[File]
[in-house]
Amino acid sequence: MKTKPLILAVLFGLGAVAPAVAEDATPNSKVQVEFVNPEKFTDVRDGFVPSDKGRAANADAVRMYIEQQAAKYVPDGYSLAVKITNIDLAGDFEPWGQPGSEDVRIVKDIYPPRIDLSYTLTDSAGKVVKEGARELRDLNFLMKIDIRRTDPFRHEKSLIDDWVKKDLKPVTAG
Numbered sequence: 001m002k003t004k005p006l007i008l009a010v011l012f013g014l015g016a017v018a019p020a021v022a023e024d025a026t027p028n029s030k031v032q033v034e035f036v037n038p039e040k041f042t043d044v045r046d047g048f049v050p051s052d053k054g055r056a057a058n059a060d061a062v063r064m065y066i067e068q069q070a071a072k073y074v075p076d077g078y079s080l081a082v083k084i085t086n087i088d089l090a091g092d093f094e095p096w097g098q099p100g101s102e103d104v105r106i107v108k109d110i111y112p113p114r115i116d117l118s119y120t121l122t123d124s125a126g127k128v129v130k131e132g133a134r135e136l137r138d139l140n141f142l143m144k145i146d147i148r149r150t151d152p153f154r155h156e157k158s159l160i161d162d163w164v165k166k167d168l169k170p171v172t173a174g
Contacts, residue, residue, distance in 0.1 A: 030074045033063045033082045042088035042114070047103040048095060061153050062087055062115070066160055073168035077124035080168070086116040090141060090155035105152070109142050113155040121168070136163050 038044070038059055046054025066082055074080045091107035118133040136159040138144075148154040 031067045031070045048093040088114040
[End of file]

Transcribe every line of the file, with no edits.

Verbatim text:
[in-house]
Amino acid sequence: MKTKPLILAVLFGLGAVAPAVAEDATPNSKVQVEFVNPEKFTDVRDGFVPSDKGRAANADAVRMYIEQQAAKYVPDGYSLAVKITNIDLAGDFEPWGQPGSEDVRIVKDIYPPRIDLSYTLTDSAGKVVKEGARELRDLNFLMKIDIRRTDPFRHEKSLIDDWVKKDLKPVTAG
Numbered sequence: 001m002k003t004k005p006l007i008l009a010v011l012f013g014l015g016a017v018a019p020a021v022a023e024d025a026t027p028n029s030k031v032q033v034e035f036v037n038p039e040k041f042t043d044v045r046d047g048f049v050p051s052d053k054g055r056a057a058n059a060d061a062v063r064m065y066i067e068q069q070a071a072k073y074v075p076d077g078y079s080l081a082v083k084i085t086n087i088d089l090a091g092d093f094e095p096w097g098q099p100g101s102e103d104v105r106i107v108k109d110i111y112p113p114r115i116d117l118s119y120t121l122t123d124s125a126g127k128v129v130k131e132g133a134r135e136l137r138d139l140n141f142l143m144k145i146d147i148r149r150t151d152p153f154r155h156e157k158s159l160i161d162d163w164v165k166k167d168l169k170p171v172t173a174g
Contacts, residue, residue, distance in 0.1 A: 030074045033063045033082045042088035042114070047103040048095060061153050062087055062115070066160055073168035077124035080168070086116040090141060090155035105152070109142050113155040121168070136163050 038044070038059055046054025066082055074080045091107035118133040136159040138144075148154040 031067045031070045048093040088114040